A new CNN poll finds President Trump’s approval rate holding steady at 41% to 53%. “On the issues, however, Trump’s numbers are climbing. Approval is up 4 points on the economy to 52%, the first time it’s topped 50% since March 2017; up 5 points on foreign trade to 43% approval; and his numbers on immigration have improved 4 points since February, with 40% now approving. On handling foreign affairs, Trump’s approval rating tops 40% for the first time since April of 2017.”
“The most vulnerable Republican incumbents in the tightest congressional races in the November elections are talking less and less about the tax cuts on Twitter and Facebook, on their campaign and congressional websites and in digital ads, the vital tools of a modern election campaign,” a Reuters analysis of their online utterances shows.
“All told, the number of tax messages has fallen by 44% since January. For several congressmen in tough reelection fights, Steve Knight in California, Jason Lewis in Minnesota, and Don Bacon in Nebraska, messaging is down much more – as much as 72%.”
— Talking Points Memo (@TPM) May 7, 2018
President Trump “has been souring on Pruitt as the negative press about him piles up,” according to Jonathan Swan.
“Pruitt — who is under siege from federal investigators, the White House, Capitol Hill, and the media — survives because the one guy who matters in the White House won’t fire him. Trump’s draining supply of goodwill towards Pruitt is the EPA administrator’s lifeline. Most everyone else in the building wants him gone.”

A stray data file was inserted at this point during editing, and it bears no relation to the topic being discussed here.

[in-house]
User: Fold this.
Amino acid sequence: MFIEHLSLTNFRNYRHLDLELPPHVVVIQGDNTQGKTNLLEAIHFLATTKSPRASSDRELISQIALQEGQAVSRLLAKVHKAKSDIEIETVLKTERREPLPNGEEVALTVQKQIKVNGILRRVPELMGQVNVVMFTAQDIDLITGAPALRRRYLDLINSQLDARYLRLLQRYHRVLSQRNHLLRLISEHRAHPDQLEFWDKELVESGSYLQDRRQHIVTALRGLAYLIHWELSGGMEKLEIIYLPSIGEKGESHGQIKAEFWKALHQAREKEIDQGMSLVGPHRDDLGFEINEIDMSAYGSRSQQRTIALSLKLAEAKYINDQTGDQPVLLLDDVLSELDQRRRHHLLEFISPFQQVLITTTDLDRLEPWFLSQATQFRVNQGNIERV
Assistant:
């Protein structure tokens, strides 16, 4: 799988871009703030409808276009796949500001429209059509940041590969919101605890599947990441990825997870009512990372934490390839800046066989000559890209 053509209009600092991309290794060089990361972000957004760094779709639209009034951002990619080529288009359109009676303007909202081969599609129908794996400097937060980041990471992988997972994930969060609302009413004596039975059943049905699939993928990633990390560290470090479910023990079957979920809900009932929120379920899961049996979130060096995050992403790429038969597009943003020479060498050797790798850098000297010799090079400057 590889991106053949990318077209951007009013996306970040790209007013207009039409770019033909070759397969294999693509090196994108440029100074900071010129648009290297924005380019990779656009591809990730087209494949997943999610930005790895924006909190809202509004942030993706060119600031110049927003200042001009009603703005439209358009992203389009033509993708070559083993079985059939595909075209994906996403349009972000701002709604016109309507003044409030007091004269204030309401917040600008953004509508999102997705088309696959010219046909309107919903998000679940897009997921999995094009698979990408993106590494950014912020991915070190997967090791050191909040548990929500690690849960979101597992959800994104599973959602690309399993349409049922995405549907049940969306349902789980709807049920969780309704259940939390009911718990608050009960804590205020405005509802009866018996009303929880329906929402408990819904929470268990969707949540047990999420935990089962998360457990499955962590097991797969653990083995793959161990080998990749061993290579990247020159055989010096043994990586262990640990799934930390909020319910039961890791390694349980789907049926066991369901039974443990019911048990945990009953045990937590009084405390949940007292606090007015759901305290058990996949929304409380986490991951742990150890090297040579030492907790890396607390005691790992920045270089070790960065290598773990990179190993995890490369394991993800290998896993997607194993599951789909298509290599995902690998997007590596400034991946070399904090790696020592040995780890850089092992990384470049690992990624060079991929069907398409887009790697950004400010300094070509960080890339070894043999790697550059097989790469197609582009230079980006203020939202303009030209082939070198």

“The Trump administration plans to take a tougher approach to families that enter the U.S. illegally by separating parents from their children, instead of keeping them in detention together,” NBC News reports.
Said Attorney General Jeff Sessions: “If you are smuggling a child then we will prosecute you, and that child will be separated from you as required by law. If you don’t like that, then don’t smuggle children over our border.”
— Theresa Bledsoe (@theresa56us) May 7, 2018
Retired Marine Lt. Col. Oliver North, a central figure of the Iran-Contra scandal in the 1980s, has been named president of the National Rifle Association, CNN reports.
Said NRA Executive Vice President Wayne LaPierre: “Oliver North is, hands down, the absolute best choice to lead our NRA Board, to fully engage with our members, and to unflinchingly stand and fight for the great freedoms he has defended his entire life.”
“Democratic senators once dreaded an onslaught of liberal primary challenges. They’re not worried anymore,” McClatchy reports.
“In a remarkable development, none of the party’s 11 battleground incumbents — those in states Republicans have targeted — is set to face a serious threat from the left this year. That includes the 10 Democratic incumbents running in states Donald Trump won in 2016, who have quelled progressive rage despite relatively moderate backgrounds.”
“Senate Democrats are even likely to dodge chaotic primaries in a trio of competitive states — Arizona, Tennessee, and Nevada — held by Republicans, the kind of races that usually draw a litany of challengers. Instead of bracing for a potentially damaging fight, the party has already settled on a de-facto nominee in each.”
This is an absolutely breathtaking work of journalism. Just-published Ta-Nehisi Coates: https://t.co/F8MwSnBRKt
— Adrienne LaFrance (@AdrienneLaF) May 7, 2018
President Trump ripped into John Kerry after a Globe story detailed the former secretary of state’s behind-the-scenes attempts to salvage the Iran nuclear deal, a signature Kerry accomplishment that Trump may choose to scuttle this week, the Boston Globe reports.
Said Trump: “The United States does not need John Kerry’s possibly illegal Shadow Diplomacy on the very badly negotiated Iran Deal. He was the one that created this MESS in the first place!”